EP KingsABSA Currie Cup Premier Division exclusion just another hurdle to be overcome for Eastern Province Rugby

Eastern Province Rugby Union President, Cheeky Watson, confirmed that the proposal to expand the ABSA Currie Cup Premier Division from six teams to eight next year was not passed during a special general meeting held in Johannesburg today.

The proposal, which was tabled with SARU at the end of the Super Rugby season, was initially presented to the unions at a special general meeting held on the 19th of September, but the vote was delayed till the 30th for further consideration.

Watson confirmed that, while the final vote was in favour of the amended structure of the competition, with a 19 / 10 split, the motion didn’t carry because it required a 75% majority vote.

“There were a lot of people in the room who were shocked by the outcome and were astounded by the short-sightedness of the unions that voted against this proposal,” he said.
“This is just another hurdle that we will have to overcome,” said Watson.

“We are used to fighting from the trenches. We have shown the world what can be done, despite what many claimed were insurmountable obstacles that stood in our path for our participation in Super Rugby, and we will continue to do so,” he said.

Watson said the decision meant that the Southern Kings were once again back on the fringes of the Super Rugby competition, as the initial proposal was that the Southern Kings would forfeit their right to promotion relegation next year, should EP Rugby be promoted to the premier division, to provide stability to both the Southern Kings and Lions franchises.

“Since this has not happened, it means that we will now play against the bottom ranked team of the South African Super Rugby franchises at the end of the season next year, in a promotion relegation playoff, as the Lions did against us this year,” he said.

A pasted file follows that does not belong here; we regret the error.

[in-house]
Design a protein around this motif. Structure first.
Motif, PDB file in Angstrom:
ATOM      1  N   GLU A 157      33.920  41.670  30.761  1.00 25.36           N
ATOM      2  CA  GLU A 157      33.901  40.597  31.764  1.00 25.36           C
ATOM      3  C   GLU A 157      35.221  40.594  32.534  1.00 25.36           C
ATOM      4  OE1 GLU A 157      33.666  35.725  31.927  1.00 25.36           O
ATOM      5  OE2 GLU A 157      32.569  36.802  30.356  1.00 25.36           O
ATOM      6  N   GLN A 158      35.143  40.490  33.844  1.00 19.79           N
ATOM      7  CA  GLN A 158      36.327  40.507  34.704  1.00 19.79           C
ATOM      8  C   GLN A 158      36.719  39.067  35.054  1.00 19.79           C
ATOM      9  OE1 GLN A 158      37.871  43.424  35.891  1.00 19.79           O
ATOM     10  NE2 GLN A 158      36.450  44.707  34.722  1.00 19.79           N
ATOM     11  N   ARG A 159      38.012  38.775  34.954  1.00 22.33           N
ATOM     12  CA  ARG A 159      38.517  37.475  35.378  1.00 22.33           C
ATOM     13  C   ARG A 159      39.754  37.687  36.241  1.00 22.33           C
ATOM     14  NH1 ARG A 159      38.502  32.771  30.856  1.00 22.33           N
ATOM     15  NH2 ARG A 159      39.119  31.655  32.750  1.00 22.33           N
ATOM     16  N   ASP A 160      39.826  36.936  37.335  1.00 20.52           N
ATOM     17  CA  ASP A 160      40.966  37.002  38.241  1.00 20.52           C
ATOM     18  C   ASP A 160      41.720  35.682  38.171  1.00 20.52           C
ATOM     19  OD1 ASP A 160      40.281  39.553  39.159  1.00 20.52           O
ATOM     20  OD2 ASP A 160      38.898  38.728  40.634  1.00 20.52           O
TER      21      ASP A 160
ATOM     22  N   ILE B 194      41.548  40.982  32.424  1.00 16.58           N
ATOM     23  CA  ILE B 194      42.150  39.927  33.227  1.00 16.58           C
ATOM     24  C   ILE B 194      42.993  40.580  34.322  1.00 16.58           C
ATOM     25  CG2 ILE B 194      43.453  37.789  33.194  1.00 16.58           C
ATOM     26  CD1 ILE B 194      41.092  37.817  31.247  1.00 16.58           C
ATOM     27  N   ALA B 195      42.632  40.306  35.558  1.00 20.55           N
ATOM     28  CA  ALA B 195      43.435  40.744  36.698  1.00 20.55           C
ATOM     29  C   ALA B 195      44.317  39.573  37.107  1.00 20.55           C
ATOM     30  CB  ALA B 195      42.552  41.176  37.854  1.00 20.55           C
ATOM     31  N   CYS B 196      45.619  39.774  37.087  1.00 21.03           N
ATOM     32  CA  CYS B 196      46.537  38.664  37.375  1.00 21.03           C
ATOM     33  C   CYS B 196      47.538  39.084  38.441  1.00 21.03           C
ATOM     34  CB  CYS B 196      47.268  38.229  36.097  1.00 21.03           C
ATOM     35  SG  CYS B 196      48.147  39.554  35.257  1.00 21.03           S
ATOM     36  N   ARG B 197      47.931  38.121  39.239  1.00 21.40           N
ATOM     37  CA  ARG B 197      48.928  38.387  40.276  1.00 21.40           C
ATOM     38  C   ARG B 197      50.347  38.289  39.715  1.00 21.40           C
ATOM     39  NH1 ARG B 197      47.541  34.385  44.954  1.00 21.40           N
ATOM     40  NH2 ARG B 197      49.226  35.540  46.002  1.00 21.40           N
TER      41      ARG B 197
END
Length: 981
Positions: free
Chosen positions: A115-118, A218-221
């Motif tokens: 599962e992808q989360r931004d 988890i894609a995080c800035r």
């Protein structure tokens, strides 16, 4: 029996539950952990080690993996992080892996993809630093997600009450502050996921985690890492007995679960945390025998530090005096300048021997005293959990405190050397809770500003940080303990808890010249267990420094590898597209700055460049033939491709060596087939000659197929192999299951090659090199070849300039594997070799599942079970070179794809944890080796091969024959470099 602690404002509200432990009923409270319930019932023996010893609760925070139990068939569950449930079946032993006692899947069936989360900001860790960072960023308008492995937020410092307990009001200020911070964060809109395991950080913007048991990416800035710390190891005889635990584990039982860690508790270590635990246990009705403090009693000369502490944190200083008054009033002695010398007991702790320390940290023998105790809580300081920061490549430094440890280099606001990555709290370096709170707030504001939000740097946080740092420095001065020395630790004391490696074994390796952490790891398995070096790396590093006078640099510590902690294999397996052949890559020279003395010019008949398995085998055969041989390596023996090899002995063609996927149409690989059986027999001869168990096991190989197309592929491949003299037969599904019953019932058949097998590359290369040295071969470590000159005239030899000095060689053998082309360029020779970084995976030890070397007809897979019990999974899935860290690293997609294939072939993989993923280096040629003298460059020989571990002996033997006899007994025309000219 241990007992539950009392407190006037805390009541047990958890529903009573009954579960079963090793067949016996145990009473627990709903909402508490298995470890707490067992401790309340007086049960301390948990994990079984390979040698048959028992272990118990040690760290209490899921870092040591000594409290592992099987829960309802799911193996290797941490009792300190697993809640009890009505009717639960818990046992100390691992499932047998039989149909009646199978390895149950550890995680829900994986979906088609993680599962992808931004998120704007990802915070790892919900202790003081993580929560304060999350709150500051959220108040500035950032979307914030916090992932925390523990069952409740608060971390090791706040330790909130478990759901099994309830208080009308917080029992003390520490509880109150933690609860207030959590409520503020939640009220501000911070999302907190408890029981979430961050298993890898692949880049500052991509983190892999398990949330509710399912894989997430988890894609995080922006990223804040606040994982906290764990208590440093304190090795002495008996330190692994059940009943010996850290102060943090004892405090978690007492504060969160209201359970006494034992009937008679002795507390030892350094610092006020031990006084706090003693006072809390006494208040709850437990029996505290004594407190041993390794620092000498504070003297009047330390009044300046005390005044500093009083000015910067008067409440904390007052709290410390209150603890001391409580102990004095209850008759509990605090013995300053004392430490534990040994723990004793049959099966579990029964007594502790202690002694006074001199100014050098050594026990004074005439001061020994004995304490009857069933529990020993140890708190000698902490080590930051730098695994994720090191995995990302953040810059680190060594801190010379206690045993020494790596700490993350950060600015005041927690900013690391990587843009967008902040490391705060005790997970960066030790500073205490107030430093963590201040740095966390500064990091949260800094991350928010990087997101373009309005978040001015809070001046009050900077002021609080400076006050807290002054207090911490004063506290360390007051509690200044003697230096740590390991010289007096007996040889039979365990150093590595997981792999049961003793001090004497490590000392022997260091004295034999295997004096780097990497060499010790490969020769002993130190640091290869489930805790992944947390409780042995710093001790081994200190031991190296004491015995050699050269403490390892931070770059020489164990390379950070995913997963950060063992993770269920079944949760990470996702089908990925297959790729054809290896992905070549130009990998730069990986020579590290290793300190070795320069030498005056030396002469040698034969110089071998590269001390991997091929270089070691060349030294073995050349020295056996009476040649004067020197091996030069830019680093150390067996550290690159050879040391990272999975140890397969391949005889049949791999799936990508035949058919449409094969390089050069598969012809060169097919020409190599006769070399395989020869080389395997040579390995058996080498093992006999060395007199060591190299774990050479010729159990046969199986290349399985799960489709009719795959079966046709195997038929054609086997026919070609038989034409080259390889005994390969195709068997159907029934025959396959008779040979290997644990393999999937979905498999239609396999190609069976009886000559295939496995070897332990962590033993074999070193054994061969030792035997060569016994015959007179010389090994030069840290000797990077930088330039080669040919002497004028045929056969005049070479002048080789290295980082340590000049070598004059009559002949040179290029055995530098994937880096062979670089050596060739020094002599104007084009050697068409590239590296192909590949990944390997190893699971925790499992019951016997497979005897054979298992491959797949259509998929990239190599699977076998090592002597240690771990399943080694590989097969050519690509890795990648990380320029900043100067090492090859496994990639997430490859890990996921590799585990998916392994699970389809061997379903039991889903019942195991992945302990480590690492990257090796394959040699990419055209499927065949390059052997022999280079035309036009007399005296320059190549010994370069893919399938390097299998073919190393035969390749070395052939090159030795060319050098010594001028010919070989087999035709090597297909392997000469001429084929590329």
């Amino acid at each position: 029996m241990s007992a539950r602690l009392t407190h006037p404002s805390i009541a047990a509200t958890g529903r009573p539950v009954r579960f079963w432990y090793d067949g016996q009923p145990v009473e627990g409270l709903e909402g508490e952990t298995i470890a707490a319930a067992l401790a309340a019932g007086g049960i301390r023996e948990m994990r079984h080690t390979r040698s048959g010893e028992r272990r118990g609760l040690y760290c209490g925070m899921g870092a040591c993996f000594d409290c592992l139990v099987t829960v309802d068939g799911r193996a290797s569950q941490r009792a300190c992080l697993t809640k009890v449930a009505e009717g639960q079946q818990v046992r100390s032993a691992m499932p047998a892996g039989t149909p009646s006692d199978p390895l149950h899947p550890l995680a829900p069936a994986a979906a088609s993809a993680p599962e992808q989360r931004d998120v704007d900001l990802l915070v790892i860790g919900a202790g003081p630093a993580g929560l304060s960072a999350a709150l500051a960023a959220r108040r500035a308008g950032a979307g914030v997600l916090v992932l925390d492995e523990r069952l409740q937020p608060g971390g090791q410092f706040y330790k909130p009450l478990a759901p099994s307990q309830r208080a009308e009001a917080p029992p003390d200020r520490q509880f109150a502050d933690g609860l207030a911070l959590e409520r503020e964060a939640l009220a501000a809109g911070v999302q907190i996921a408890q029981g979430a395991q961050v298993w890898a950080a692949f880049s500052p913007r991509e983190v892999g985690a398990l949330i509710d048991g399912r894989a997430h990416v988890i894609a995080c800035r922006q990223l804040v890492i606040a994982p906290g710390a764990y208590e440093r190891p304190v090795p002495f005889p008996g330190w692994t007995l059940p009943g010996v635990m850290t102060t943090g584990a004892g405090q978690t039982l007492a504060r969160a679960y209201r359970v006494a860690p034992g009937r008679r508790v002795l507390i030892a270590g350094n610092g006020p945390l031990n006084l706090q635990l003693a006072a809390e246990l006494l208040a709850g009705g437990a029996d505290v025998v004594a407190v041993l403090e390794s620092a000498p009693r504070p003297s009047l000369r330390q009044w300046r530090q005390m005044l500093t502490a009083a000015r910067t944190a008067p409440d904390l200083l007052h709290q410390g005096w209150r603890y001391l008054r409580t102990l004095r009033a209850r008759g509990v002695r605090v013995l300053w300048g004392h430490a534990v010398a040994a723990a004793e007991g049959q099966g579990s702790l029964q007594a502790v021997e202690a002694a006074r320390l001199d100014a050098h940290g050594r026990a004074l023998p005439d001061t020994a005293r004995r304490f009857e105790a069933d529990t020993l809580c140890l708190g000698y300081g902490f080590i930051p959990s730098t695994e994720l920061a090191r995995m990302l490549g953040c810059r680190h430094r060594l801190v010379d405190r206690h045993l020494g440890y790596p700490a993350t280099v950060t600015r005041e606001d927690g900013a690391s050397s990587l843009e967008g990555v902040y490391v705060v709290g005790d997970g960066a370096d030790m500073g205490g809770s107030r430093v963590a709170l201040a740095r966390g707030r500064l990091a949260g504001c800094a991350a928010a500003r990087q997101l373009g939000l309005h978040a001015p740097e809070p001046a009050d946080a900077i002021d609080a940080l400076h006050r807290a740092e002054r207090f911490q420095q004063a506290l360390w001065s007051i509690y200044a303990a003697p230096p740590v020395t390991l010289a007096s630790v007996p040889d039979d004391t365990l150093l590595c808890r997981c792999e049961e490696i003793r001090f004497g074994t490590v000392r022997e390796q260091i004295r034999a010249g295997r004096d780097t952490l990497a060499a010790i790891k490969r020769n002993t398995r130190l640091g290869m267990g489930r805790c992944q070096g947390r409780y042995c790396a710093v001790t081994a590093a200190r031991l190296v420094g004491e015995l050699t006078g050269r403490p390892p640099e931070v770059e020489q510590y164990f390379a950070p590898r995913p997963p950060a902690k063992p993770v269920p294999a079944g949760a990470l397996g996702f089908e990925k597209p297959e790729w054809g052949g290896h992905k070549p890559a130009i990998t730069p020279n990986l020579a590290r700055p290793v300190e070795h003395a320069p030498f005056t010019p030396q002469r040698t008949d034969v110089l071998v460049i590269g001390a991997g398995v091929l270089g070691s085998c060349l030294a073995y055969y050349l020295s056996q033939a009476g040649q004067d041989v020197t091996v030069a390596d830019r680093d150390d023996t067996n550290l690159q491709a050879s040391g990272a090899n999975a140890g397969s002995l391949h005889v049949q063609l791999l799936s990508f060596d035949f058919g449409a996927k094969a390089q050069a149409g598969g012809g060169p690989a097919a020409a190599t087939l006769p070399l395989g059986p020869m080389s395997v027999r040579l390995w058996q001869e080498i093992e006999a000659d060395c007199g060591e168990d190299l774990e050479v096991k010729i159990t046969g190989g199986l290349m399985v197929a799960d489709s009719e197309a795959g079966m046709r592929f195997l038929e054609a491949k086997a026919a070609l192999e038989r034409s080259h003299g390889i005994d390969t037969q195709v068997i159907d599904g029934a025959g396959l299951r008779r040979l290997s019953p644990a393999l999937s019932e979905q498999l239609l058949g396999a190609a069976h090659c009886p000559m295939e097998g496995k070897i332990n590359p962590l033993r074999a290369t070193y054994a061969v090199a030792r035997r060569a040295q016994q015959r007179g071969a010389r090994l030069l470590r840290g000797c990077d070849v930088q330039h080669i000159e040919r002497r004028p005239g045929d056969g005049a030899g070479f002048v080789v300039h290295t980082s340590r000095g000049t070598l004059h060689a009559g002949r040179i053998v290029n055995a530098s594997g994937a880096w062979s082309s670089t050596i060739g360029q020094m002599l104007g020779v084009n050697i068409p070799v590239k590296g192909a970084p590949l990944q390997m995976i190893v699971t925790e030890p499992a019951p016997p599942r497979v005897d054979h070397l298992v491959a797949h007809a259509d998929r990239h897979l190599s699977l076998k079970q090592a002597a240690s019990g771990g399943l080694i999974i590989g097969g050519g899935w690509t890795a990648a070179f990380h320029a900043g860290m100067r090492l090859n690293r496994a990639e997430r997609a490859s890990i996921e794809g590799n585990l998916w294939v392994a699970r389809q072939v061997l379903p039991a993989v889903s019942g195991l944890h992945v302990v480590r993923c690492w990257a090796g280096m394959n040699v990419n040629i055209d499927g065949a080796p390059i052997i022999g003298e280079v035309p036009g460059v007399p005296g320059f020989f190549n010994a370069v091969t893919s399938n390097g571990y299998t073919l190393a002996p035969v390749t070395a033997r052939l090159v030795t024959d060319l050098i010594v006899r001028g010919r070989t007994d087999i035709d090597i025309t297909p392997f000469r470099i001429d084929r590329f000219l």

EP Rugby CEO, Charl Crous, who was also at the meeting, said that this did not mean the end of top flight rugby in the region.

“With our ongoing preparations for our re-entry into Super Rugby, we will be hosting a number of friendlies against the other South African franchises next year,” he said.
Crous said they were in negotiations with SA Rugby to determine the dates and times of the friendlies and would communicate this as soon as the information was available.
“We are also in advanced stages of negotiations and are endeavouring to ensure viable other top flight rugby products in the future for our spectators, sponsors and partners,” he said.

“We said previously that there is a hunger for top flight rugby in the Eastern Cape and the amazing crowds that attended the Super Rugby games at the Nelson Mandela Bay Stadium this year have shown that this is the case, with the Southern Kings securing the third highest crowd attendances of the fifteen teams taking part in the competition,” he said.
Watson said the union would continue to focus on the development taking place within Eastern Province Rugby.

“We have always maintained that there is a clear plan in place for the region, despite the Southern Kings relegation at the end of the Super Rugby season this year,” he said.
“Our plan is to build on the solid foundations that have been put in place by our debut in Super Rugby, and to develop local talent and provide them with opportunities to compete, without them having to go to other unions to do so,” he said.

Watson said EP Rugby had already provided opportunities for young local talent developed through the Kings Academy, creating local role models such as Sergeal Petersen, Siviwe Soyizwapi and Aidon Davis.

“The benefits of our Academy in terms of transformation are already clearly visible, with the EP Kings Currie Cup first division team having fielded up to nine black players in the starting 15, and four black substitutes on the bench.”

“Our Under 21 side, which is currently top of their respective log, and which is dominating their opposition, is predominantly made up of players of colour, with only five white players in the squad,” he said.
“The fact is that Eastern Province Rugby Union has the potential to truly transform the entire South African rugby landscape, through developing our local talent, providing them with the platforms to showcase their talent, and reach their full potential.”